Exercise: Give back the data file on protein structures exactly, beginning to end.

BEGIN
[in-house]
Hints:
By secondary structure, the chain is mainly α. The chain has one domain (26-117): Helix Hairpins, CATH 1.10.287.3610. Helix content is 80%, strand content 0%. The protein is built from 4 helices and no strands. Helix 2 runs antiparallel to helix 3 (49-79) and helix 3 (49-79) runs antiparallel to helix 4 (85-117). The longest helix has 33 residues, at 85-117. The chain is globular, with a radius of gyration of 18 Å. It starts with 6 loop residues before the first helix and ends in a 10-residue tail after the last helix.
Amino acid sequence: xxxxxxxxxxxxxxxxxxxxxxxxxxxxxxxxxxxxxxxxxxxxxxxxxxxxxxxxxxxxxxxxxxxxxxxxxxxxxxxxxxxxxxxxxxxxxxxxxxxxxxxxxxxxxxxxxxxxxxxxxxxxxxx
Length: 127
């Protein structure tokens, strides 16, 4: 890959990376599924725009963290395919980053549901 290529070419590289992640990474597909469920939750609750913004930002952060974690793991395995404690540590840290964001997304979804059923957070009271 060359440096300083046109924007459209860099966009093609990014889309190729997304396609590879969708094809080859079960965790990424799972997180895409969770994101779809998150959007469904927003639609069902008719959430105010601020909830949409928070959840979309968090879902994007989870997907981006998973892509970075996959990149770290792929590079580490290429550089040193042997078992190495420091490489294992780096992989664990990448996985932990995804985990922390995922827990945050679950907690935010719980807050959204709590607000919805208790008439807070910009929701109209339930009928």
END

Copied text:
[in-house]
Hints:
By secondary structure, the chain is mainly α. The chain has one domain (26-117): Helix Hairpins, CATH 1.10.287.3610. Helix content is 80%, strand content 0%. The protein is built from 4 helices and no strands. Helix 2 runs antiparallel to helix 3 (49-79) and helix 3 (49-79) runs antiparallel to helix 4 (85-117). The longest helix has 33 residues, at 85-117. The chain is globular, with a radius of gyration of 18 Å. It starts with 6 loop residues before the first helix and ends in a 10-residue tail after the last helix.
Amino acid sequence: xxxxxxxxxxxxxxxxxxxxxxxxxxxxxxxxxxxxxxxxxxxxxxxxxxxxxxxxxxxxxxxxxxxxxxxxxxxxxxxxxxxxxxxxxxxxxxxxxxxxxxxxxxxxxxxxxxxxxxxxxxxxxxx
Length: 127
């Protein structure tokens, strides 16, 4: 890959990376599924725009963290395919980053549901 290529070419590289992640990474597909469920939750609750913004930002952060974690793991395995404690540590840290964001997304979804059923957070009271 060359440096300083046109924007459209860099966009093609990014889309190729997304396609590879969708094809080859079960965790990424799972997180895409969770994101779809998150959007469904927003639609069902008719959430105010601020909830949409928070959840979309968090879902994007989870997907981006998973892509970075996959990149770290792929590079580490290429550089040193042997078992190495420091490489294992780096992989664990990448996985932990995804985990922390995922827990945050679950907690935010719980807050959204709590607000919805208790008439807070910009929701109209339930009928």